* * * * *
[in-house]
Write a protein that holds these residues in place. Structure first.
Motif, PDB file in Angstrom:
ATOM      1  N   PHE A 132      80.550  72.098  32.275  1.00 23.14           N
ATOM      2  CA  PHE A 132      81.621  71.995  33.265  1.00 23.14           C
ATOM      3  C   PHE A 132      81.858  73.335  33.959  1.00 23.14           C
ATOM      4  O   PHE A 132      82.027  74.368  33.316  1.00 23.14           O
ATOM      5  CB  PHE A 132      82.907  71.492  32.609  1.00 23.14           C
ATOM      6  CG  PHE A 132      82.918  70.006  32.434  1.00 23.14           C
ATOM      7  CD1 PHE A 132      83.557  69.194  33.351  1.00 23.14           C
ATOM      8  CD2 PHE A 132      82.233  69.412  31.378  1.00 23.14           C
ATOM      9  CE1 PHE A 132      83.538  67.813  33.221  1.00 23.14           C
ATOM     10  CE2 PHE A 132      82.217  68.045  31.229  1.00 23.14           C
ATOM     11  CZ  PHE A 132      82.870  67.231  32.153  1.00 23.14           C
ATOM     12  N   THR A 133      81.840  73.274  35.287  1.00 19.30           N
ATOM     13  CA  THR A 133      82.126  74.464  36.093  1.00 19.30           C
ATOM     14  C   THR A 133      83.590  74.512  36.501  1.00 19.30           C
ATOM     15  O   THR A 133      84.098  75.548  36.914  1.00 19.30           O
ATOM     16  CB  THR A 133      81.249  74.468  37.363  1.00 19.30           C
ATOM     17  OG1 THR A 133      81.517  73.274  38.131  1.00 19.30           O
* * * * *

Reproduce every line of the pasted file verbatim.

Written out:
[in-house]
Write a protein that holds these residues in place. Structure first.
Motif, PDB file in Angstrom:
ATOM      1  N   PHE A 132      80.550  72.098  32.275  1.00 23.14           N
ATOM      2  CA  PHE A 132      81.621  71.995  33.265  1.00 23.14           C
ATOM      3  C   PHE A 132      81.858  73.335  33.959  1.00 23.14           C
ATOM      4  O   PHE A 132      82.027  74.368  33.316  1.00 23.14           O
ATOM      5  CB  PHE A 132      82.907  71.492  32.609  1.00 23.14           C
ATOM      6  CG  PHE A 132      82.918  70.006  32.434  1.00 23.14           C
ATOM      7  CD1 PHE A 132      83.557  69.194  33.351  1.00 23.14           C
ATOM      8  CD2 PHE A 132      82.233  69.412  31.378  1.00 23.14           C
ATOM      9  CE1 PHE A 132      83.538  67.813  33.221  1.00 23.14           C
ATOM     10  CE2 PHE A 132      82.217  68.045  31.229  1.00 23.14           C
ATOM     11  CZ  PHE A 132      82.870  67.231  32.153  1.00 23.14           C
ATOM     12  N   THR A 133      81.840  73.274  35.287  1.00 19.30           N
ATOM     13  CA  THR A 133      82.126  74.464  36.093  1.00 19.30           C
ATOM     14  C   THR A 133      83.590  74.512  36.501  1.00 19.30           C
ATOM     15  O   THR A 133      84.098  75.548  36.914  1.00 19.30           O
ATOM     16  CB  THR A 133      81.249  74.468  37.363  1.00 19.30           C
ATOM     17  OG1 THR A 133      81.517  73.274  38.131  1.00 19.30           O